This Core i7 Buyers Guide looks at three different i7 builds that you might consider. The Core i7 is high on the performance tree but it is also expensive compared to other solutions. Not everyone can afford the $2000 Core i7 system presented in the $1000 to $2000 Buyers Guide. For builders who want an i7 system for as little money as possible we put together a Core i7 Entry system. The goal is simple: build a competent i7 system for as little money as possible. We managed to cut more that 25% from our last Core i7 system price without significant compromises.

Another typical buyer is attracted to the Core i7 because of the tremendous overclocking potential of the processor. As seen in Overclocking Core i7 and other Core i7 articles, the 2.66GHz 920 can reach 3.6GHz to 4GHz with proper air cooling. That is faster than the stock speed available even with the $1000 Core i7 965. The goal of the Core i7 Overclocking System build is a system that provides the flexibility and components to maximize overclocking. The slant is to the value end of overclocking - overclocking to increase value - rather than the absolute highest performance options. However, we do make some recommendations for those who overclock strictly for performance.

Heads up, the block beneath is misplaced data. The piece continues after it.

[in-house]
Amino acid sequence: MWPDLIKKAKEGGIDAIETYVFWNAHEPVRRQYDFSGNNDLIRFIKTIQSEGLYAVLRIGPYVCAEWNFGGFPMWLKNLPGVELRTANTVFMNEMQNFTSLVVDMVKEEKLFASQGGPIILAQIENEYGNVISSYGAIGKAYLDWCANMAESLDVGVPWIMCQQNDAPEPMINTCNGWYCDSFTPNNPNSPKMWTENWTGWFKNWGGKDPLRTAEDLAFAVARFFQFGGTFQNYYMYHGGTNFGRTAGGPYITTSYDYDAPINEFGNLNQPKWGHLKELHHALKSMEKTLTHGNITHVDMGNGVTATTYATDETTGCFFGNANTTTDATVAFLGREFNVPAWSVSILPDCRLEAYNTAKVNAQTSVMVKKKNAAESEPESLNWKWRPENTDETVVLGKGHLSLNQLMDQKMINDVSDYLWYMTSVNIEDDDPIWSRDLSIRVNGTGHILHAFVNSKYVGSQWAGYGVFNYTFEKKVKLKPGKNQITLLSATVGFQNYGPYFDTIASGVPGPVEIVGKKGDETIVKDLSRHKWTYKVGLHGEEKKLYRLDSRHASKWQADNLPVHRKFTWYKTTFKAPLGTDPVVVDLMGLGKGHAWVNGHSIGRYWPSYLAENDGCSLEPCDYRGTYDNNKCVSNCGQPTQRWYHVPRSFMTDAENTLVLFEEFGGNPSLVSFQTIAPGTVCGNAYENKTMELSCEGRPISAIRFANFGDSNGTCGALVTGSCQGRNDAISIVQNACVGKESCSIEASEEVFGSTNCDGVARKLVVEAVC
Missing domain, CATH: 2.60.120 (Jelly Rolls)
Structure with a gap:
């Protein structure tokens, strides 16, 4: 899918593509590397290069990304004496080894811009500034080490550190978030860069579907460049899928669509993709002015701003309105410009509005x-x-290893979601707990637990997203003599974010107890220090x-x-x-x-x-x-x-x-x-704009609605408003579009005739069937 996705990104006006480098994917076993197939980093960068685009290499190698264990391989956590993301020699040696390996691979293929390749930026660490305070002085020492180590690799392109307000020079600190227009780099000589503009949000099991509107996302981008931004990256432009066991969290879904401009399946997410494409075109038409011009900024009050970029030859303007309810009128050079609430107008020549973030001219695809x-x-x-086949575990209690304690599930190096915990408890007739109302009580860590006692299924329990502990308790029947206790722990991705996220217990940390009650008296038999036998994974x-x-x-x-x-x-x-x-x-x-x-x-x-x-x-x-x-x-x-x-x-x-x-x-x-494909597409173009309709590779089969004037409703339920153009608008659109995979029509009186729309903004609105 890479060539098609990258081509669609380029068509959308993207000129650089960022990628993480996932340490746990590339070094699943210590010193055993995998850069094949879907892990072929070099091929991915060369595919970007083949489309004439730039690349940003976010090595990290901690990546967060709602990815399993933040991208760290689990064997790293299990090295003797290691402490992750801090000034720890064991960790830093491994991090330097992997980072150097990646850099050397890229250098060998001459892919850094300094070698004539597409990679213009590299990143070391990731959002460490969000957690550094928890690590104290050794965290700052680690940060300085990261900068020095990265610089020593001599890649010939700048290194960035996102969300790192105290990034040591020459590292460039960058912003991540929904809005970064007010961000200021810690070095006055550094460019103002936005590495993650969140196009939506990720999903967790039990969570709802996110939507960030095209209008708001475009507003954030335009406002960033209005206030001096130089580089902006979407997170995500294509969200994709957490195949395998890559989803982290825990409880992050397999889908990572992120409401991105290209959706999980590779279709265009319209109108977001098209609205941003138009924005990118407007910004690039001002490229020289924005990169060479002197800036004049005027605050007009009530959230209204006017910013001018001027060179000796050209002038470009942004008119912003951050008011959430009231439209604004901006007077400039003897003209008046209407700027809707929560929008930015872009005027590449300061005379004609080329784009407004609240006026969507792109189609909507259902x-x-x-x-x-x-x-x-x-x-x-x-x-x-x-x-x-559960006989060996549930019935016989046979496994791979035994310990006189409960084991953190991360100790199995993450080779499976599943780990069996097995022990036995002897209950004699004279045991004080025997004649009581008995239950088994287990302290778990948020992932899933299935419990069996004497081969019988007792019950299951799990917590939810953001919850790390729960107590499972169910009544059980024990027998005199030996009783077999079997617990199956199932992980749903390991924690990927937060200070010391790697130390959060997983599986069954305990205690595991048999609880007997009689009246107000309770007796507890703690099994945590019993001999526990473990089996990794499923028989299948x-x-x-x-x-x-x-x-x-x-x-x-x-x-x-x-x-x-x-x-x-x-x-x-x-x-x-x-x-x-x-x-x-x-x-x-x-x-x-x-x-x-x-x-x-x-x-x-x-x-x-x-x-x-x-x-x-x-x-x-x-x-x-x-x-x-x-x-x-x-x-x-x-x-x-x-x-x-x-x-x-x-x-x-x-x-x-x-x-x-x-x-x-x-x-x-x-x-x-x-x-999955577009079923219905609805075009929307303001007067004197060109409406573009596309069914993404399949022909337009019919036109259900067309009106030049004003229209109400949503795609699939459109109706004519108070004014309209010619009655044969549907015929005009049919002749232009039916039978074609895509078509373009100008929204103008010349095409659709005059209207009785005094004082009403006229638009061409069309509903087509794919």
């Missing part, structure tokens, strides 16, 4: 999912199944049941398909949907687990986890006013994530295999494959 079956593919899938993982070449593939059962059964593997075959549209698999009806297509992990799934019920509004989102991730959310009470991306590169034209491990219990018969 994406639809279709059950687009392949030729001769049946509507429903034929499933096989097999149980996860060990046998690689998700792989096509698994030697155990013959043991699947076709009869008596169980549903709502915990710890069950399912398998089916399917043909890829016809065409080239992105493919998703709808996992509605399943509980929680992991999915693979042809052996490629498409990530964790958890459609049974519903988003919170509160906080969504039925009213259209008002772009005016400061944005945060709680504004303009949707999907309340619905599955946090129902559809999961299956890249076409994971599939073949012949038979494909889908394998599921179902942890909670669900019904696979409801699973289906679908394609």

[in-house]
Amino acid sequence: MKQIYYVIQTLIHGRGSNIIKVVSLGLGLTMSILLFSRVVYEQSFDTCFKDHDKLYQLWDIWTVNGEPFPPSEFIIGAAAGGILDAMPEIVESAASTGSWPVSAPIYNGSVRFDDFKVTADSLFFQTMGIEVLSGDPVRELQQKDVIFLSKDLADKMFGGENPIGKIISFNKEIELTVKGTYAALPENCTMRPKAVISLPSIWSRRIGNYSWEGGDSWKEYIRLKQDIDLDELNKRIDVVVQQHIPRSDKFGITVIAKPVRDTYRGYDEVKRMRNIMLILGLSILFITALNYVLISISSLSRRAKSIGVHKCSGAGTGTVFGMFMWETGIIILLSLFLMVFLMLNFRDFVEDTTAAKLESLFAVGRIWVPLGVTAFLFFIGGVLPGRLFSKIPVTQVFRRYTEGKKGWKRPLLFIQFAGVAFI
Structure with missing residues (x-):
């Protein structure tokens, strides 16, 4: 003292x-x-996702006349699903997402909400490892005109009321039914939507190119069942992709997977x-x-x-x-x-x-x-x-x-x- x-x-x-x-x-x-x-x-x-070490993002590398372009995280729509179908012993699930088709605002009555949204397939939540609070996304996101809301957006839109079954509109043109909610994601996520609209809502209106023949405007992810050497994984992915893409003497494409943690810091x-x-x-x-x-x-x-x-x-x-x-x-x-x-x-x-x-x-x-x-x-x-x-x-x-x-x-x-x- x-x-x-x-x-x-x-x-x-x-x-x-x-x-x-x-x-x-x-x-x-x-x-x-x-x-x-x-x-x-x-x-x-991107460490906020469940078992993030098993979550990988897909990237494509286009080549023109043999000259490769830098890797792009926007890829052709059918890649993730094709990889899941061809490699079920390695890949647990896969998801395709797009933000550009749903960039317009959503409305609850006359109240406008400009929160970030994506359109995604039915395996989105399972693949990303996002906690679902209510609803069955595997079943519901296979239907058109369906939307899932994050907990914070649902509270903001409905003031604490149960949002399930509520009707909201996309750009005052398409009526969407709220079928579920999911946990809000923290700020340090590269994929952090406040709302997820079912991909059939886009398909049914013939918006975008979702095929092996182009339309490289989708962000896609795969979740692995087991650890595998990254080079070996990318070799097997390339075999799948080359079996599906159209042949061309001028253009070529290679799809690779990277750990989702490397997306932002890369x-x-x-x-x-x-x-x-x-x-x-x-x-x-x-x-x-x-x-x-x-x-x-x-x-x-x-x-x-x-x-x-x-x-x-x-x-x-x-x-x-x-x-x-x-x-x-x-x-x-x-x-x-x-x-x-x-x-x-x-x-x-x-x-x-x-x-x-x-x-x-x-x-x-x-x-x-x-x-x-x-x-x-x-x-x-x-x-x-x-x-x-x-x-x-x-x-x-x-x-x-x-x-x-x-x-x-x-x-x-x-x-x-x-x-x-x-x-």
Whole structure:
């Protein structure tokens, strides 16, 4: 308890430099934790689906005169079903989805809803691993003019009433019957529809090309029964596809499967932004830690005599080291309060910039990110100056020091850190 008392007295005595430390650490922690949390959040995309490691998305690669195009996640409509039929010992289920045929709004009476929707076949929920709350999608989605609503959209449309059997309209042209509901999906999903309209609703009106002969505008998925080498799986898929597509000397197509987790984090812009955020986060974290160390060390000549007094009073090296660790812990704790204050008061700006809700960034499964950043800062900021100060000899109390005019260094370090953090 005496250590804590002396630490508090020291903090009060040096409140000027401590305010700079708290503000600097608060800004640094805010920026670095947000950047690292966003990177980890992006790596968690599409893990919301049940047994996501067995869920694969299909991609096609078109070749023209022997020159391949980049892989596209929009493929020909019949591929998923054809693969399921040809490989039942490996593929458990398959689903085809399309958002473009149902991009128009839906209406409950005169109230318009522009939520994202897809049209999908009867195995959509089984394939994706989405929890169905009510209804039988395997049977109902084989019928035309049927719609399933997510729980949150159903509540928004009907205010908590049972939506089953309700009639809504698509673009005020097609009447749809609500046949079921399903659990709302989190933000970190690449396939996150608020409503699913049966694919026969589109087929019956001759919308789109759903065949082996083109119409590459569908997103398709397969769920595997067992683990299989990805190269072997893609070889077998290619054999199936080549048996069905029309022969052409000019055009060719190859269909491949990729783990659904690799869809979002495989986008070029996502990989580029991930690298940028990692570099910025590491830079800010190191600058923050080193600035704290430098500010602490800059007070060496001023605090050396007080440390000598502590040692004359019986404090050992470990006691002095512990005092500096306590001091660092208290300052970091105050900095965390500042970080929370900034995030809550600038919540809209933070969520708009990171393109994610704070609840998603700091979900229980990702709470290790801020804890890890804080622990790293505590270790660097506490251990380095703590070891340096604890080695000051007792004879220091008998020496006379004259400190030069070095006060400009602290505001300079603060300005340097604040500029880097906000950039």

Finally, there is the Core i7 High-End System. The goal is to select the best performing components available, and not just the most expensive. The very high end of any system in the computer industry will rarely yield the best bang for the buck. Squeezing the last bit of performance from a component usually means spending a great deal more money than buying the component that delivers the best performance for the dollar. However, luxury and top performance sell well, and these components are still the stuff that computer dreams are made of. Our Dream Core i7 system reaches around $5000, and frankly we could have extended the cost much further by expanding storage and selecting a RAID 5 controller and drive array. Still, the components in the High-End Guide should be food for thought as you select your own Core i7 System.